There are a few ways to very easily get sidechaining going in Ableton Live. Sidechaining triggers a compressor on the master bus or channel using a kick from a different channel. This causes a pumping effect ala Daft Punk. Used subtlety it can make sure the sharp transients of you kick always sit above the mix by itself. Live’s built in Compressor has sidechaining and you can also simulate the effect using Autopan. The Point Blank Music School has a nice free Max For Live drag and drop device available to download: click here. If you have Max For Live why not grab it? Take a look at the video above for the demo.
“Point Blank instructor and course developer Daniel Herbert has created this Max For Live custom auto sidechain plugin for use in Ableton Live. Watch the video to see how it works, what makes it unique and and how to set it up.” – pointblankonline
Here’s another piece of hardware to help you go back in time. Zvex makes some of the best effect pedals. Besides being built out of metal and hand painted many have rare tubes and unique electronics inside them. Their Instant Lo-Fi Junky uses a Belling Bucked Brigade and National Semiconductor op-amps to create a warbling, broken turntable, compression chorus effect. $219.00 for the Vexter screen printed panel version and about $350 for a hand painted version. Needless to say I’ll be getting one soon. If there are any effect pedals that do something similar please let me know.
“The ILJ was designed to produce the sounds and textures of our Lo-Fi Loop Junky in real time, but it does so much more. It features a compressor, filtering(lo-fi), luscious chorus settings unlike anything we’ve heard, vibrato, and a mini toggle switch to change the waveform(sine, triangle, square pulse) of the chorus and vibrato.” – zvex.com
For years many musicians, producers and music fans have been crying foul about the “Loudness War“. This is when a mastering engineer compresses and limits the dynamic range of a song to make it louder to the point of ruining the music. Many times it’s not the engineer’s fault as he or she is just following directions from the label or the band. It makes some sense you would want your album to be louder than others as it would stand out but when everyone is doing it the end effect is music is simply ruined.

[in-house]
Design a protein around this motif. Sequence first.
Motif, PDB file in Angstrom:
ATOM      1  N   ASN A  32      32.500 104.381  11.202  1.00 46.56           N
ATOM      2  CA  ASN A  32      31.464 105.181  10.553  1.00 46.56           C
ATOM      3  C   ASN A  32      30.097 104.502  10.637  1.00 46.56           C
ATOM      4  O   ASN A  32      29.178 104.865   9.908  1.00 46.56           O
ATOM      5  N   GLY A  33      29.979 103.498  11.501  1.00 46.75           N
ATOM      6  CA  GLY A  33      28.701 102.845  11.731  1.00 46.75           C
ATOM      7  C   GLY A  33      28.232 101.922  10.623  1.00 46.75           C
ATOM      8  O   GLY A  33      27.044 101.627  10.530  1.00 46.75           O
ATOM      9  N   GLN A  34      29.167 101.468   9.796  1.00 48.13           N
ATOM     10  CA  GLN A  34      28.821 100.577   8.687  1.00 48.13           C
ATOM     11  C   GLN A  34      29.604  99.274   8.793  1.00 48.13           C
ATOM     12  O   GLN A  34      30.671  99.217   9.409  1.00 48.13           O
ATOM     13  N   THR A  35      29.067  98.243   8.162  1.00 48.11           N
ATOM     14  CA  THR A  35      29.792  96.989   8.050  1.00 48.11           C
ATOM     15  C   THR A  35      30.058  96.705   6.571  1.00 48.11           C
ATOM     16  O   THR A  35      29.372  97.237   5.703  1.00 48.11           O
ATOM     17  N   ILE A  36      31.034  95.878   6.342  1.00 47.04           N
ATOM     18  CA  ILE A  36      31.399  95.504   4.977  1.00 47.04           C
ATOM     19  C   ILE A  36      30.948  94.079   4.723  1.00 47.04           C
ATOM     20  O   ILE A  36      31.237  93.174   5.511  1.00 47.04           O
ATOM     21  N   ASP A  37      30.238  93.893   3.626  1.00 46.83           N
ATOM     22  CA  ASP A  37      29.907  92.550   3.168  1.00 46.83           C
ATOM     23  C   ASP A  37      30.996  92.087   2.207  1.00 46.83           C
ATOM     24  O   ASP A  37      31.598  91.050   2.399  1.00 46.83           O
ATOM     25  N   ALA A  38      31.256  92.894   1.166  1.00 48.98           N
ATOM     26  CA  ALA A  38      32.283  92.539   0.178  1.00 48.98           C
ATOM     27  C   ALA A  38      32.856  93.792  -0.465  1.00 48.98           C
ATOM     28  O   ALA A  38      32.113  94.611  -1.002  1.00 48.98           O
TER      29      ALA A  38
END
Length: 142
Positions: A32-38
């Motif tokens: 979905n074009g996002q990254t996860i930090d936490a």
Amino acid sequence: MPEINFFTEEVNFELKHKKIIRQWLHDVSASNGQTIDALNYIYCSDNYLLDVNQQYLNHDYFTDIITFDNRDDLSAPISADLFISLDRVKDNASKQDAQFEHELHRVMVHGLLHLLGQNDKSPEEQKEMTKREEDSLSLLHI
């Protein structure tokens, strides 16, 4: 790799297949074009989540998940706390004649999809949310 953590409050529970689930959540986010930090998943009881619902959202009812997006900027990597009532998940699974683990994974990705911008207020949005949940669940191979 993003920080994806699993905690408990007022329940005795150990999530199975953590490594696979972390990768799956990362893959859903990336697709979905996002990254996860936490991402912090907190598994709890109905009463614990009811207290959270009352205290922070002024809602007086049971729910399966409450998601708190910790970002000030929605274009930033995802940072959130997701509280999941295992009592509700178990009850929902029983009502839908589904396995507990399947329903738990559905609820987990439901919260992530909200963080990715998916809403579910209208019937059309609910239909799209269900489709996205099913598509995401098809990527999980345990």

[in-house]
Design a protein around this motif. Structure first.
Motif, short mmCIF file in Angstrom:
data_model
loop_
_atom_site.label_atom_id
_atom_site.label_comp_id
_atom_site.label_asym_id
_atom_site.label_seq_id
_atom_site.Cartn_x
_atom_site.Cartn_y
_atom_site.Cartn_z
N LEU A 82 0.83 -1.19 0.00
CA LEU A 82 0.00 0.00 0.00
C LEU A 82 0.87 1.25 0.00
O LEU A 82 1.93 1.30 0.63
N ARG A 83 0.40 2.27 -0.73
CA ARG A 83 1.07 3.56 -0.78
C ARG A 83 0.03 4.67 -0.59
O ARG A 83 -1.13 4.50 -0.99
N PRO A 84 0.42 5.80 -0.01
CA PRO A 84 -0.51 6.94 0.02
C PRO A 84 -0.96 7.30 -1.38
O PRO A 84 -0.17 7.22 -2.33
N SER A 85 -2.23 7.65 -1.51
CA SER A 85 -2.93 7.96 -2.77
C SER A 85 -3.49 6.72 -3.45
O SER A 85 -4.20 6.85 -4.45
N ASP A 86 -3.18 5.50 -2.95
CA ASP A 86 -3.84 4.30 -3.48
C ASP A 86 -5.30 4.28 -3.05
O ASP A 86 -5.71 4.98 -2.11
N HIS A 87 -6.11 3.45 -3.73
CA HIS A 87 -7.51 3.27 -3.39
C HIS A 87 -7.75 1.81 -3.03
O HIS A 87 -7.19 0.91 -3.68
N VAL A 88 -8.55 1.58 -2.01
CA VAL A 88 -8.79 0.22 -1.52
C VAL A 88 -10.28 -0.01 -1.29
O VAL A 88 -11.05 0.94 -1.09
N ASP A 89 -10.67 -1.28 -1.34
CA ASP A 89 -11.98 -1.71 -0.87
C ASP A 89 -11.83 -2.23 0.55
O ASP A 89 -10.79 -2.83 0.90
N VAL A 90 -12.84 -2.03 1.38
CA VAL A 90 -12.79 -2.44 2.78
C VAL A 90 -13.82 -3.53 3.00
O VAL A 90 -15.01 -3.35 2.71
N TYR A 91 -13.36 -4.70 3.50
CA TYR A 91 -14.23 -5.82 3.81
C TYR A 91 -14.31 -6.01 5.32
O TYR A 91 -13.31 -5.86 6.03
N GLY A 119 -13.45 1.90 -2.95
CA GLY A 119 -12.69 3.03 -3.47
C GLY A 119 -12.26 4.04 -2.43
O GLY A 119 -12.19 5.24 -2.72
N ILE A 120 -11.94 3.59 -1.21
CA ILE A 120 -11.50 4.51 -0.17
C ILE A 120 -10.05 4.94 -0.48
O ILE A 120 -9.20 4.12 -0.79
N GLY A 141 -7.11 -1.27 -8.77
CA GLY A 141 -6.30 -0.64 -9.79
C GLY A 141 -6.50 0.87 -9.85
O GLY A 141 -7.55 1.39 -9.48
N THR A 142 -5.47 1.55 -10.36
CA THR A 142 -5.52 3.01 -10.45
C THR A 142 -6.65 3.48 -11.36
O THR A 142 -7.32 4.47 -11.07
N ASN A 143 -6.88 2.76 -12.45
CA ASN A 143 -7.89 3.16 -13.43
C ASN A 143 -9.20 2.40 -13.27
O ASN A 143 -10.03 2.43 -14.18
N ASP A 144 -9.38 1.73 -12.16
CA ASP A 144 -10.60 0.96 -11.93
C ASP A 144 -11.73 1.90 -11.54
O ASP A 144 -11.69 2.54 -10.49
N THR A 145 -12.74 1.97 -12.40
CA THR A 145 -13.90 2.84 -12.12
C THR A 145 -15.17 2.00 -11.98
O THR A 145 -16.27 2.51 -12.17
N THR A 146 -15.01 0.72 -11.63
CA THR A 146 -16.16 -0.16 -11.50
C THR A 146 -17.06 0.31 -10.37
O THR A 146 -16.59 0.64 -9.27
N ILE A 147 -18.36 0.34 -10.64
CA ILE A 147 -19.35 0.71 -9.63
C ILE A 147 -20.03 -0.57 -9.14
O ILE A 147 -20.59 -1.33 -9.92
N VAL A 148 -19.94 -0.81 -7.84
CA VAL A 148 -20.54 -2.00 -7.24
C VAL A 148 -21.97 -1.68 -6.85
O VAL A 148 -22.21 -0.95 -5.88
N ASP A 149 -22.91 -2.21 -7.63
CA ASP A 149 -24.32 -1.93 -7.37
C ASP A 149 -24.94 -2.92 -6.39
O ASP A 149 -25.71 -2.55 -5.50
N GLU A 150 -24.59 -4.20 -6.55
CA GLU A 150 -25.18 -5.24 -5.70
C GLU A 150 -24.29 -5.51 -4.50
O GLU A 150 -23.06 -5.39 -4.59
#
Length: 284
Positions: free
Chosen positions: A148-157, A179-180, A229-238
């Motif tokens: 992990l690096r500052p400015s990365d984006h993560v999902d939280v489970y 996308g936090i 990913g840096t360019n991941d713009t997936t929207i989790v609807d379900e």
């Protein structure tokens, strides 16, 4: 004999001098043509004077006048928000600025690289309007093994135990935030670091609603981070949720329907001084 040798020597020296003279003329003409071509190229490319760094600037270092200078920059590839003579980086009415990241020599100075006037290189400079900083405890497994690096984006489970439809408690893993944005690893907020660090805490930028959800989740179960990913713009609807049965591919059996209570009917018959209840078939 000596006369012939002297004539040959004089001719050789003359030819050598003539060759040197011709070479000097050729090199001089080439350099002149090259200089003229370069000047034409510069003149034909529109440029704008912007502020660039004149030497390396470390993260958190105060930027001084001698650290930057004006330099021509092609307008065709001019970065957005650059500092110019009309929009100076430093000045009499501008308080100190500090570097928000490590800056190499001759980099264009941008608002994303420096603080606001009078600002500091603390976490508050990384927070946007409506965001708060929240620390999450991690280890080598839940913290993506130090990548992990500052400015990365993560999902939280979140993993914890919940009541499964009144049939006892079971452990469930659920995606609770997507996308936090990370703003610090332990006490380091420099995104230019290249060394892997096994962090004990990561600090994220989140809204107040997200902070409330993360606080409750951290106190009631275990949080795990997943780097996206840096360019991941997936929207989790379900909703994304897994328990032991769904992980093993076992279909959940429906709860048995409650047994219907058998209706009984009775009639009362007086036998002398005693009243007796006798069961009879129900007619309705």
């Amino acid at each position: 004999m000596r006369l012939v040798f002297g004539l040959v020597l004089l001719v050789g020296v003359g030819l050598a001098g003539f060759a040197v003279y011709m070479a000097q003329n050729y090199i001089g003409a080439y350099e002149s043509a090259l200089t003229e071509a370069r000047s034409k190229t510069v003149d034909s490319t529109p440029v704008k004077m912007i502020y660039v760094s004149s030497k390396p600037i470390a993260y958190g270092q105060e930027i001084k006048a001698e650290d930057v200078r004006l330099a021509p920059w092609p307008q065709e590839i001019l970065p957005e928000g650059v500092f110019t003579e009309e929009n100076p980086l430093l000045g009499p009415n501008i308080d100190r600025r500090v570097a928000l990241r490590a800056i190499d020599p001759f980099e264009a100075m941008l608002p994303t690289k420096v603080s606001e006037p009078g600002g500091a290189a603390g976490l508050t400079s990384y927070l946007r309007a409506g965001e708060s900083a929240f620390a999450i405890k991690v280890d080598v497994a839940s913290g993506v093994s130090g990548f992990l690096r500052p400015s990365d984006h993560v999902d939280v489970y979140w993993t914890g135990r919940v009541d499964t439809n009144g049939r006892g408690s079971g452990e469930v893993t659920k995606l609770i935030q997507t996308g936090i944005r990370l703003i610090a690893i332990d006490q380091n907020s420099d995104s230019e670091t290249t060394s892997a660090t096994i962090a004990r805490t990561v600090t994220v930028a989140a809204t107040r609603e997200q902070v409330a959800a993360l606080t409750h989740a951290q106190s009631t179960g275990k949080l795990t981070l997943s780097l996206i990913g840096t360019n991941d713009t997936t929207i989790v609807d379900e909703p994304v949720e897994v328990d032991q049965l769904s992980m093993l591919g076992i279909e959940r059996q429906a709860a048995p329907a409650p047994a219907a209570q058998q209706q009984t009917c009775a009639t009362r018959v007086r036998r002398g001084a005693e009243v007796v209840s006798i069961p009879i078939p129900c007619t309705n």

Things have finally boiled over with the release of the new Metallica album Death Magnetic. Apparently it sounds so squashed that even their metal head fans can’t stand it. To add fuel to the fire a version of some of the album tracks appear mastered more tastefully in the newly released Guitar Hero 3 (video game).
“Music released today typically has a dynamic range only a fourth to an eighth as wide as that of the 1990s. That means if you play a newly released CD right after one that’s 15 years old, leaving the volume knob untouched, the new one is likely to sound four to eight times as loud. Many who’ve followed the controversy say “Death Magnetic” has one of the narrowest dynamic ranges ever on an album.” – wsj.com
I’m pleased this is getting attention because I personally can’t stand the smashed sound. It’s fine when it’s part of the artistic endeavor (such as any song by Justice) but other than that I find it seriously unpleasant.
The Wall Street journal has a great interactive graphic online comparing the sound quality of an old and new Metallica track: click here
If your a Metallica fan (I’m not) you can sign a petition to have the album re-mastered: click here
Read the full Wall Street Journal story: click here
Wikipedia’s entry for the Loudness war: click here